For companies it is hard to have a promotion path for software engineers. Some companies may have the option to promote to a leading role such as a team lead or a software architect. This promotion however contains a complete different role for the software engineer as he will no longer do any of the actual programming anymore. For some software engineers, among which I count myself at the moment, this is not desired, as it is the passion of the actual writing the software that drives us. This however means that some people will always be ‘stuck’ in the same role at the same level.
From this a different type of promotion path was created: the path of expertise. A software engineer with a lot of experience could use that experience and become an expert in some domain, giving him more responsibility for that part and decisions that have to be made. This is often indicated with the levels: “junior”, “medior” and “senior”.
The explicit expression of proficiency is not a problem, it is what it is based on that can cause problems. In the most common case the levels are based on the amount of years of experience:
- junior: < 3 years
- medior: 3 – 5 year
- senior: > 5 years
As a junior myself, I have seen many more experienced software engineers (seniors) writing bad code. The cause is that just because you have been doing something for a long time, doesn’t mean you actually learned anything from all those years. It is very easy to keep doing things as you initially learned them, which causes someone to remain just as proficient as when first started.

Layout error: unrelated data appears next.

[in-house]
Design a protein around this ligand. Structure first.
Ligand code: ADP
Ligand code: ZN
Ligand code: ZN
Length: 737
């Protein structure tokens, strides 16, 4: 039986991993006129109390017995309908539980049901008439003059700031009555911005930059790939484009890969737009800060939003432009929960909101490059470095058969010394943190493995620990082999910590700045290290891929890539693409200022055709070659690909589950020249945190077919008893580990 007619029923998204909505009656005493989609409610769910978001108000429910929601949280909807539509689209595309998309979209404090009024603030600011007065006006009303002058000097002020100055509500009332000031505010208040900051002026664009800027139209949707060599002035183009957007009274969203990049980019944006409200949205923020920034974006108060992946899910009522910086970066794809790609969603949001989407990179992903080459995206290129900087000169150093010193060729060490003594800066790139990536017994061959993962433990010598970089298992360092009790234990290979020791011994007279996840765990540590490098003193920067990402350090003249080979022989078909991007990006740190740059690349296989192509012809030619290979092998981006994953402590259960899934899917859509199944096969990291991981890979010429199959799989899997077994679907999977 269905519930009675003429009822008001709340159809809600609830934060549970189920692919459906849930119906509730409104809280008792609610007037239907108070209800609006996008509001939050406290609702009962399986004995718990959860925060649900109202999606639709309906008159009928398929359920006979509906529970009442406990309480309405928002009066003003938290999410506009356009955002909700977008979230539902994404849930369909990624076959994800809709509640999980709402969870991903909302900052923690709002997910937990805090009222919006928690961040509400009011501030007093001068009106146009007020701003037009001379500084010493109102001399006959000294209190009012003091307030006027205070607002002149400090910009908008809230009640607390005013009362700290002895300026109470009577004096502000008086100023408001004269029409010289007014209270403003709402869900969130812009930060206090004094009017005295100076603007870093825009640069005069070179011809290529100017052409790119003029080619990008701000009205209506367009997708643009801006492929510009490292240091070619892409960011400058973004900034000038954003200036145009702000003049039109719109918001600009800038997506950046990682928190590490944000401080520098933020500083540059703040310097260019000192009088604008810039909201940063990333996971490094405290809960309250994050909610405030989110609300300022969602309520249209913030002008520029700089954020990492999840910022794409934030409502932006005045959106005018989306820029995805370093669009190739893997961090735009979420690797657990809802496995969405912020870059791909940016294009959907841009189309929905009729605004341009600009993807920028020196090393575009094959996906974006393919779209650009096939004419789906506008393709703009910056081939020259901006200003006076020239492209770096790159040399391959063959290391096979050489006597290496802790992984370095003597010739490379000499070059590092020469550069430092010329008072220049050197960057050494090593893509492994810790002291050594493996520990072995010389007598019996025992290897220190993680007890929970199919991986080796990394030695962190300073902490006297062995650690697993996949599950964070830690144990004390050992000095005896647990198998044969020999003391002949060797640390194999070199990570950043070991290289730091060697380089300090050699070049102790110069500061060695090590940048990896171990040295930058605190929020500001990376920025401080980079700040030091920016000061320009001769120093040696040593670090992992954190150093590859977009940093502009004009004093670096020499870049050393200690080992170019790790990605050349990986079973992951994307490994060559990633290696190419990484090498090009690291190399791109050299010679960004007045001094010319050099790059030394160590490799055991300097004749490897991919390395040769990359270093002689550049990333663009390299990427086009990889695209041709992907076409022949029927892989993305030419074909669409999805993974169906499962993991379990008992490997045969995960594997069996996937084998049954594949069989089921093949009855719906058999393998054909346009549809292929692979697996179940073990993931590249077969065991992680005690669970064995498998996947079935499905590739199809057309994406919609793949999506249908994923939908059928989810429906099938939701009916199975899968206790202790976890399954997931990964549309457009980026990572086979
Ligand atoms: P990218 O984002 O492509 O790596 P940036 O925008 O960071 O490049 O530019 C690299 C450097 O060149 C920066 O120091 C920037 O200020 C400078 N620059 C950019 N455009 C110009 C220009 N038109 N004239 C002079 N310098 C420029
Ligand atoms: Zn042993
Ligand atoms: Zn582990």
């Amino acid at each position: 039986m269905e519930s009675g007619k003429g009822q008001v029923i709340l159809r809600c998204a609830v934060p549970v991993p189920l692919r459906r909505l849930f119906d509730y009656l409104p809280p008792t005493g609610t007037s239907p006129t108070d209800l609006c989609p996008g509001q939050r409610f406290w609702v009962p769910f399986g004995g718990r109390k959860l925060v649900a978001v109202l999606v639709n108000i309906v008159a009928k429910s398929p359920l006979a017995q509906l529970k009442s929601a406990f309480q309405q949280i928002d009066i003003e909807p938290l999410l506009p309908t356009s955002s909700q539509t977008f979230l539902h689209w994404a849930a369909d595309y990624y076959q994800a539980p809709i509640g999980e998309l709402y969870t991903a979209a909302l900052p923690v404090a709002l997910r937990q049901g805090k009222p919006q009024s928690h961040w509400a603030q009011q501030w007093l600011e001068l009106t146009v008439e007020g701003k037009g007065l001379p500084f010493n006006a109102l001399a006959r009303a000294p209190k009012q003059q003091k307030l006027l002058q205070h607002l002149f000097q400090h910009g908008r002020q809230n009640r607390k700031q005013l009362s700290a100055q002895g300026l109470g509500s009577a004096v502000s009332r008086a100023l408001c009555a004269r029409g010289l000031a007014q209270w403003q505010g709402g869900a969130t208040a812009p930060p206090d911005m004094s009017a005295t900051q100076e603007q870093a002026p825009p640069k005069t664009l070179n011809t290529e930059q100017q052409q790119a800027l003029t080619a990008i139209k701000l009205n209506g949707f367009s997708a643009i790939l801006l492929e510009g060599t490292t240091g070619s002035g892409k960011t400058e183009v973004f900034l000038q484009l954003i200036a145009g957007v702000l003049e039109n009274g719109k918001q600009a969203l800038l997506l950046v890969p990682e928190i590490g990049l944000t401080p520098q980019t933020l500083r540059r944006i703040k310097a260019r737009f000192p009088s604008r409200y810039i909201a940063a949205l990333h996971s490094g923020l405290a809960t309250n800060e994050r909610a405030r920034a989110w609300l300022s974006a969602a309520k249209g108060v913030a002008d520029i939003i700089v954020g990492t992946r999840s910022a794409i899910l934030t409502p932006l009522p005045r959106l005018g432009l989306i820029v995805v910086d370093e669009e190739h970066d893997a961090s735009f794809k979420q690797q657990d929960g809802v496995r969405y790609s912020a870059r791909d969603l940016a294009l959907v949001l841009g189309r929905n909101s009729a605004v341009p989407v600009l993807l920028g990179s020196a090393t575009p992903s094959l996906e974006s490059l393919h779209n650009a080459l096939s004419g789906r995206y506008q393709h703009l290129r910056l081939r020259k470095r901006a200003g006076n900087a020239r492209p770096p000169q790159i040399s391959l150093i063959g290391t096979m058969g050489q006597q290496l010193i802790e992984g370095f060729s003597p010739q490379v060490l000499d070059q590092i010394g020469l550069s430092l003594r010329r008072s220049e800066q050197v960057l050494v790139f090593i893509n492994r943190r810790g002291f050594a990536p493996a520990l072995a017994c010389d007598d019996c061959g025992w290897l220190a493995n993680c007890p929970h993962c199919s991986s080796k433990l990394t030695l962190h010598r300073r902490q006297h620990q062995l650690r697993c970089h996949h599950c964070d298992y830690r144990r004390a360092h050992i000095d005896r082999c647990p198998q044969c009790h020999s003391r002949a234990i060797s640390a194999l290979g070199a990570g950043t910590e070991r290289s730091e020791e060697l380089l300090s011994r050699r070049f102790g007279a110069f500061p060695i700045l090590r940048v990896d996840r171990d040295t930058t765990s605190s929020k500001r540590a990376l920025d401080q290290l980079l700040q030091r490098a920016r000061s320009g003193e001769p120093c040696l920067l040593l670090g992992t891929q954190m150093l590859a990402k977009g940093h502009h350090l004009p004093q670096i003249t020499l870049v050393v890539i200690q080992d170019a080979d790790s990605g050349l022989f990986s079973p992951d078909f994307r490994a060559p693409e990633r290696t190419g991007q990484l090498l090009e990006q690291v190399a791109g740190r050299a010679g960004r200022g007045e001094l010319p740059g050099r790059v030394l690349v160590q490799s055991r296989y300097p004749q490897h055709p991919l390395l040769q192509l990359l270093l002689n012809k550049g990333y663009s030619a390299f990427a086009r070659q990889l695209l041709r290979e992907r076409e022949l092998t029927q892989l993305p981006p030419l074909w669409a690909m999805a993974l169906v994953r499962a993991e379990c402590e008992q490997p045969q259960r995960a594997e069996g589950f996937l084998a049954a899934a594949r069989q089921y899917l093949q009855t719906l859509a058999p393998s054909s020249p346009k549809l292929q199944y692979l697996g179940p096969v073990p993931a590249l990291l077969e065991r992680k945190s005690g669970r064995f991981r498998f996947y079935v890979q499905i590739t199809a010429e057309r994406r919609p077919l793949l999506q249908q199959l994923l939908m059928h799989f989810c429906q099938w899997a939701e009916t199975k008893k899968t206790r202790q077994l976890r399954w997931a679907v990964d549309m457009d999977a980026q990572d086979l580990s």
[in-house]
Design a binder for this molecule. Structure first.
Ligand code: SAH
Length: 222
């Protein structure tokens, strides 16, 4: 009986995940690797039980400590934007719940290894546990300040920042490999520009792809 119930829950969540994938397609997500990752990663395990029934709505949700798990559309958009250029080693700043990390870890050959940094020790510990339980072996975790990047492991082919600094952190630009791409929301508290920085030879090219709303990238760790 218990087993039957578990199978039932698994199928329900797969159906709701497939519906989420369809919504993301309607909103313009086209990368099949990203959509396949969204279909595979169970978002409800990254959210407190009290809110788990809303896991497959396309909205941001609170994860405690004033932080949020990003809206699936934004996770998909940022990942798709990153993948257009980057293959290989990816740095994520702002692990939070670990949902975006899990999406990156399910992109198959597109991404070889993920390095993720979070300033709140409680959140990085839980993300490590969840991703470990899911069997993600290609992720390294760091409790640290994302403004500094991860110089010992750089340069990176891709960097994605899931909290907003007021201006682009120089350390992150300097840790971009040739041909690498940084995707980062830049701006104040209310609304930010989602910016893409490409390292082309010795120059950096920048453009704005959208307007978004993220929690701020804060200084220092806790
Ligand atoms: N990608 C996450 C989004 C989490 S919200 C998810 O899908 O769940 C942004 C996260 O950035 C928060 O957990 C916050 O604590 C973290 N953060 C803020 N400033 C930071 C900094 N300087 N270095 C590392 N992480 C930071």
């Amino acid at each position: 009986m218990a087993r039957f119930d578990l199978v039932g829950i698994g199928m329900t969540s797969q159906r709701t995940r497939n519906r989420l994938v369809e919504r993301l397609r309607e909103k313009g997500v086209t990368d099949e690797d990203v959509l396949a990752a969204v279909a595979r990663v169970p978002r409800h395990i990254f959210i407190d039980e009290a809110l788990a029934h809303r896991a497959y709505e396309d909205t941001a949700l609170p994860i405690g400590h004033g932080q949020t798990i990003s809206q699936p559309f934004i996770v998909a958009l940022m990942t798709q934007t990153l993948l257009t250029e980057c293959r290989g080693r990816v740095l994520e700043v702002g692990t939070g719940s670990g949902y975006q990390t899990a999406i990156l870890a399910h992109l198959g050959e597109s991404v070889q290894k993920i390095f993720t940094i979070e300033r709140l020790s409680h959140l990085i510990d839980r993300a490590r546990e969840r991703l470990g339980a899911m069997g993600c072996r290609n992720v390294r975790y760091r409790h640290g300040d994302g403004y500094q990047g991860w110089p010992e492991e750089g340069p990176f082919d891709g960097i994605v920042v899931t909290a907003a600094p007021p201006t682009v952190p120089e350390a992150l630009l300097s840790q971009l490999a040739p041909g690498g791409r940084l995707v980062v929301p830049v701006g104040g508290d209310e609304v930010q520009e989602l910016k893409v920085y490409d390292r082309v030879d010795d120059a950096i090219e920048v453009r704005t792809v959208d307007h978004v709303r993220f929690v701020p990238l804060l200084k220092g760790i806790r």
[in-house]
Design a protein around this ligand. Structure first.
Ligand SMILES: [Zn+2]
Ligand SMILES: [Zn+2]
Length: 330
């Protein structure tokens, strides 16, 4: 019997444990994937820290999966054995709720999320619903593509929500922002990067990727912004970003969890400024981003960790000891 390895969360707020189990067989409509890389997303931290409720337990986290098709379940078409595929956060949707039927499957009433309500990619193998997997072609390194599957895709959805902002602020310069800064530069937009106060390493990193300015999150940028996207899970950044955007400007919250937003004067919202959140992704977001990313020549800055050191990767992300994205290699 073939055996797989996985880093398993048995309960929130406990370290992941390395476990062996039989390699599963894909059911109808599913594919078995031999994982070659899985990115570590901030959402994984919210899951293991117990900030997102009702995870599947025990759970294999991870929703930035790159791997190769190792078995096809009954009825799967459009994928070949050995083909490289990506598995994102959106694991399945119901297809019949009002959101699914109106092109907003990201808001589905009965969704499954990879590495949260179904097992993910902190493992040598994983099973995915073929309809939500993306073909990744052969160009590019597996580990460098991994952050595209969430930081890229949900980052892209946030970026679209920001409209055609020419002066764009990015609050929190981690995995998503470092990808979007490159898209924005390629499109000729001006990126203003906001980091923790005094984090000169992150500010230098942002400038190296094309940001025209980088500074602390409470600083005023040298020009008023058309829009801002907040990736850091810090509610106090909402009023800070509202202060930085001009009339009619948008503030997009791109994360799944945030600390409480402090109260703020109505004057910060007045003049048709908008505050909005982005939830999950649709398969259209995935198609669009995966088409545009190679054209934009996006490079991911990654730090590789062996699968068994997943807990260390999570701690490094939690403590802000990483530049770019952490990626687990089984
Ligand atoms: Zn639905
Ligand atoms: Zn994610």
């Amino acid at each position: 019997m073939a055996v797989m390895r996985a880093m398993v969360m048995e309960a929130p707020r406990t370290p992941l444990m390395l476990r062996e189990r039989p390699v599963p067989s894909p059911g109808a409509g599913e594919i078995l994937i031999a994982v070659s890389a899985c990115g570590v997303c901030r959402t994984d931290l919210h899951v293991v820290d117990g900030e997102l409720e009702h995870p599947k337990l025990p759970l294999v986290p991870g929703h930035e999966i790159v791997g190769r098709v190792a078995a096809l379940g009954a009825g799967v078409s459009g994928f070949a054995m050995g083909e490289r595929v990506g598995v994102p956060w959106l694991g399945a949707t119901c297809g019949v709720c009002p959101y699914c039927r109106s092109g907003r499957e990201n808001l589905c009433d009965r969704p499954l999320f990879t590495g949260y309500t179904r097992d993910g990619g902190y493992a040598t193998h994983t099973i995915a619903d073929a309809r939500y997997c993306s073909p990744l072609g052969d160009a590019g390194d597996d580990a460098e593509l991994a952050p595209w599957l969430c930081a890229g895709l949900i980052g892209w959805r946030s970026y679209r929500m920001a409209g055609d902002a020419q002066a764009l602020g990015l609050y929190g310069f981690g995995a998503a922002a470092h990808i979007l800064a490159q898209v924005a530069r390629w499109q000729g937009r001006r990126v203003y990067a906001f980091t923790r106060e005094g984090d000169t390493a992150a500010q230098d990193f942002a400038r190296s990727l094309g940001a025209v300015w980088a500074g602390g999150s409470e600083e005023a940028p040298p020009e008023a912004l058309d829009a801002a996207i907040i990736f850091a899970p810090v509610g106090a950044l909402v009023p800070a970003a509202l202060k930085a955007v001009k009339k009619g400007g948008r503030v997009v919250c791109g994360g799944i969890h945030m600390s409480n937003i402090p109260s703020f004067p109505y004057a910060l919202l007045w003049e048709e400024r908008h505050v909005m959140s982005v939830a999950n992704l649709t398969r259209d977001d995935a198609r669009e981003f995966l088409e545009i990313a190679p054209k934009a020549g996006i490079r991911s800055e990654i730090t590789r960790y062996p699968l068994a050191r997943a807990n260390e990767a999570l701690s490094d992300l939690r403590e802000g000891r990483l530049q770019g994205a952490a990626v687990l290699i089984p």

Another big flaw in this system is that it ends when reaching the level of senior, which in this case is in only 5 years. Since most people will have a long career they will spend most of their life a senior and thus have no longer any career advancements, which was exactly what this system tried to avoid. Giving people who wanted to keep on programming a way of expressing how good they are. But with this mechanism it is implied that after 5 years you will have learned all required skills and not improve anymore. In a domain as software this is far from true, and if you do not improve your skills and participate in new technologies your skills that matter and thus your value may decrease.
Management however has no clue what proficiency as a software engineer looks like, and the years of experience is the easiest for them to understand. Moreover having someone who has less experience but is better have a higher title than someone who is older could cause conflicts within the team. Nevertheless, I strongly believe creating a framework that expresses the things on which employees will be evaluated and determines their proficiency.